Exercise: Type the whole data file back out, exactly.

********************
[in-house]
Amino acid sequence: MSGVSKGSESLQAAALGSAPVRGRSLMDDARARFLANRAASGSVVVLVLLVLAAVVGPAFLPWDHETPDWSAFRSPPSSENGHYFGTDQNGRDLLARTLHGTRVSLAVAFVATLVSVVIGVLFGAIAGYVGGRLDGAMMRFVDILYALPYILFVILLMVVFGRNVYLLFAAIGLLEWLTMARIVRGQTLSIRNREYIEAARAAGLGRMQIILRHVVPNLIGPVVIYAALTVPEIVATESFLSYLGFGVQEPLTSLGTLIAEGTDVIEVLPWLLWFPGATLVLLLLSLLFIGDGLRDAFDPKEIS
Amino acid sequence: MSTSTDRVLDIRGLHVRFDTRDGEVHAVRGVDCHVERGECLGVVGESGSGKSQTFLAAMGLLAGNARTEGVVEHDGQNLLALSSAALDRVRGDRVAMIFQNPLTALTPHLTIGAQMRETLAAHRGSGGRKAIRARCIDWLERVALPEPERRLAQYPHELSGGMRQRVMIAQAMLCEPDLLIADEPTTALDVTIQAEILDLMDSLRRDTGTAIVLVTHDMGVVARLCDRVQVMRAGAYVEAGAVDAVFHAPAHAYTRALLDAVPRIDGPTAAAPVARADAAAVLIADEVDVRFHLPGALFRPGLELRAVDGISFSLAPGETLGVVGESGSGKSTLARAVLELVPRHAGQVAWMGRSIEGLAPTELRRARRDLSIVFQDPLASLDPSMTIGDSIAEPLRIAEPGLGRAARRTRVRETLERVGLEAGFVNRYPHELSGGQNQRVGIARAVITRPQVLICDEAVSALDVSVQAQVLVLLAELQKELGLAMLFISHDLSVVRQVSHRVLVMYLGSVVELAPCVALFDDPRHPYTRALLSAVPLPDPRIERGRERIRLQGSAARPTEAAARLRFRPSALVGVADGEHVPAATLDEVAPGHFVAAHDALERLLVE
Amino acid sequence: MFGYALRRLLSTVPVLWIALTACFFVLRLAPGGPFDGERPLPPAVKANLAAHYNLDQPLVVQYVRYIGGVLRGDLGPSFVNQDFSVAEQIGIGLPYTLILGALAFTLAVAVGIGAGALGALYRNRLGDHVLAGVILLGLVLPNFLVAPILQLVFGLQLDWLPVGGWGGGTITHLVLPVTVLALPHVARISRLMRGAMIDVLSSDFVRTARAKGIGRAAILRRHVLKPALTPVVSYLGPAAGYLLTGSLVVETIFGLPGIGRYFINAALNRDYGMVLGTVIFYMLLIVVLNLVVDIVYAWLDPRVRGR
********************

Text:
[in-house]
Amino acid sequence: MSGVSKGSESLQAAALGSAPVRGRSLMDDARARFLANRAASGSVVVLVLLVLAAVVGPAFLPWDHETPDWSAFRSPPSSENGHYFGTDQNGRDLLARTLHGTRVSLAVAFVATLVSVVIGVLFGAIAGYVGGRLDGAMMRFVDILYALPYILFVILLMVVFGRNVYLLFAAIGLLEWLTMARIVRGQTLSIRNREYIEAARAAGLGRMQIILRHVVPNLIGPVVIYAALTVPEIVATESFLSYLGFGVQEPLTSLGTLIAEGTDVIEVLPWLLWFPGATLVLLLLSLLFIGDGLRDAFDPKEIS
Amino acid sequence: MSTSTDRVLDIRGLHVRFDTRDGEVHAVRGVDCHVERGECLGVVGESGSGKSQTFLAAMGLLAGNARTEGVVEHDGQNLLALSSAALDRVRGDRVAMIFQNPLTALTPHLTIGAQMRETLAAHRGSGGRKAIRARCIDWLERVALPEPERRLAQYPHELSGGMRQRVMIAQAMLCEPDLLIADEPTTALDVTIQAEILDLMDSLRRDTGTAIVLVTHDMGVVARLCDRVQVMRAGAYVEAGAVDAVFHAPAHAYTRALLDAVPRIDGPTAAAPVARADAAAVLIADEVDVRFHLPGALFRPGLELRAVDGISFSLAPGETLGVVGESGSGKSTLARAVLELVPRHAGQVAWMGRSIEGLAPTELRRARRDLSIVFQDPLASLDPSMTIGDSIAEPLRIAEPGLGRAARRTRVRETLERVGLEAGFVNRYPHELSGGQNQRVGIARAVITRPQVLICDEAVSALDVSVQAQVLVLLAELQKELGLAMLFISHDLSVVRQVSHRVLVMYLGSVVELAPCVALFDDPRHPYTRALLSAVPLPDPRIERGRERIRLQGSAARPTEAAARLRFRPSALVGVADGEHVPAATLDEVAPGHFVAAHDALERLLVE
Amino acid sequence: MFGYALRRLLSTVPVLWIALTACFFVLRLAPGGPFDGERPLPPAVKANLAAHYNLDQPLVVQYVRYIGGVLRGDLGPSFVNQDFSVAEQIGIGLPYTLILGALAFTLAVAVGIGAGALGALYRNRLGDHVLAGVILLGLVLPNFLVAPILQLVFGLQLDWLPVGGWGGGTITHLVLPVTVLALPHVARISRLMRGAMIDVLSSDFVRTARAKGIGRAAILRRHVLKPALTPVVSYLGPAAGYLLTGSLVVETIFGLPGIGRYFINAALNRDYGMVLGTVIFYMLLIVVLNLVVDIVYAWLDPRVRGR